The early morning hours are the most difficult. I usually sleep until about 3:30 or 4:00 am, then wake up and think about a million things. My mind is racing, and ideas pop in and out of my head like bouncing bunnies. I've learned that if I don't get up and write notes to myself, I don't remember what those ideas were. I type them in an email to myself, so that they will be in my inbox waiting for me in the morning.
The ideas are usually good things, but sleeping next to my dear husband is so overwhelmingly bittersweet. I don't want that to ever end, and sometimes there are no words to describe how knowing how blissful and perfect things have been, makes it so exceedingly sad. I want to stay there next to him. It's probably the worst and best part of the day for both of us. Usually we're both awake by 5:00 am, and we just hold each other and enjoy the moment, often with tears in our eyes.
A few days ago, as we were laying there, the words of Dylan Thomas flashed through my mind:
"Do not go gentle into that good night.
Rage, rage against the dying of the light."
I've always felt the power of those words, but not like I did in the early morning hours. I can be positive much of the time, but there are dark hours...
When those dark hours come, I know that I have to write and raise those thoughts to a more positive place.
I've always loved poetry, and there are some poems that have always touched me. After I thought of Dylan Thomas' words, my next thought was of Robert Herrick's poem, "To the Virgins, to make much of Time" It begins with the line, "Gather ye rosebuds while ye may...." Although what follows is not as upbeat, that line helped me rise from the dark shadows enough to dry my tears, and focus more on the positive.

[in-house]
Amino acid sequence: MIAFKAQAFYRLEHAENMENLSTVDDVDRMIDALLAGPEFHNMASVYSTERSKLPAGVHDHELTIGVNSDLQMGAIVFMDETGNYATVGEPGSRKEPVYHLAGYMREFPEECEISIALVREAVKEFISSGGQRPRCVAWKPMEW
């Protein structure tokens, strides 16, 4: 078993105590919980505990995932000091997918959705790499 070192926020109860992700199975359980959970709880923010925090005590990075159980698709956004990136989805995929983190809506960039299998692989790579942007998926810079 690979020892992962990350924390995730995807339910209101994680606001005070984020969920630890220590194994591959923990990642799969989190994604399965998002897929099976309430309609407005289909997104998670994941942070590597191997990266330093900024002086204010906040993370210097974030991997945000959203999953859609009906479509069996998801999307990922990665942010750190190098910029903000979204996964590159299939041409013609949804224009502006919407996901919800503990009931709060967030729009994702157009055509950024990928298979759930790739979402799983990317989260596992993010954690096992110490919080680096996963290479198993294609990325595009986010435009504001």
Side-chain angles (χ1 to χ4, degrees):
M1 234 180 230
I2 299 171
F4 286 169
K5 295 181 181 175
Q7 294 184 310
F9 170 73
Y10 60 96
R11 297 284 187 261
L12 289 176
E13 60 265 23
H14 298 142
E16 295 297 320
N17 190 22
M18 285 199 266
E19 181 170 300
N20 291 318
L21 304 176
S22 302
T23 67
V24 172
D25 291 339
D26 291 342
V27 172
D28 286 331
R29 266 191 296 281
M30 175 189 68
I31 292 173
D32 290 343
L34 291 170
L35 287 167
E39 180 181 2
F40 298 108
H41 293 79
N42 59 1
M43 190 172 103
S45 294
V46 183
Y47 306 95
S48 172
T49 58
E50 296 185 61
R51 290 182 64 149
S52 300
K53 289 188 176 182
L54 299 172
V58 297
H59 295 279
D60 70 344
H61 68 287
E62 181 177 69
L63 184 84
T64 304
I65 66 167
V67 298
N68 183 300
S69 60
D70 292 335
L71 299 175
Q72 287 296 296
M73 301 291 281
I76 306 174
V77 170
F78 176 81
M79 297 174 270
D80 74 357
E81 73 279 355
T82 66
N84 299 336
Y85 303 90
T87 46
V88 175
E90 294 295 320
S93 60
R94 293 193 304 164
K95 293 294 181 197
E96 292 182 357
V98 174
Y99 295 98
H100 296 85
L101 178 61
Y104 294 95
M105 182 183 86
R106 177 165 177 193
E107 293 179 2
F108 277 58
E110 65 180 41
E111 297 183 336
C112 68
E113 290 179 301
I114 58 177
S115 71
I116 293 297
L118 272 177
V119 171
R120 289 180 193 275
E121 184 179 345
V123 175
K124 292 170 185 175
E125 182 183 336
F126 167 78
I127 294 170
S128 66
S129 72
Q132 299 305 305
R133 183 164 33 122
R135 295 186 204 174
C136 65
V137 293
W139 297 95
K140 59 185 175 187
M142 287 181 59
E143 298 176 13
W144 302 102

In the years that David and I were apart, there was a poem that was constantly on my mind. I could only remember one line, and I had to ask a reference librarian to help find the poem. She leaped from her chair, and said, "This is what reference librarians dream about doing. Most questions we get are so boring, and could be handled by anyone, but searching for a poem is so much fun." The only line I could remember was "the best is yet to be."
It didn't take her long to discover that it was written by Robert Browning, and that the name of the poem was "Rabbi Ben Ezra." I loved the first verse, the words, the rhythm, the deeper meaning. I knew I was looking for that special someone, and that first verse made me feel that eventually I would find him.
"Grow old along with me!
The best is yet to be,
The last of life, for which the first was made:
Our times are in His hand
Who saith "A whole I planned,
Youth shows but half;
trust God: see all, nor be afraid!"
When David and I found each other, I gave him an engraved key ring with the date we reconnected and the words, "In an instant, our lives were changed forever." And on the reverse, "The best is yet to be..." Although I thought I had bought a high quality piece, within a short time, the engraved oval, separated from the key ring. Dave has carried the keys and the engraved part in his pocket every day, from the moment I gave it to him. He never mentioned to me that it had separated, and it touches my heart that he carries always.
That poem seemed so positive and so prophetic when we reunited, and now when I read it, I can see how it can apply to the current situation. There is comfort and sadness.
Sorrow mixed with gratitude for the moments that are filled with joy. One moment at a time.
Thank you for travelling this road with me!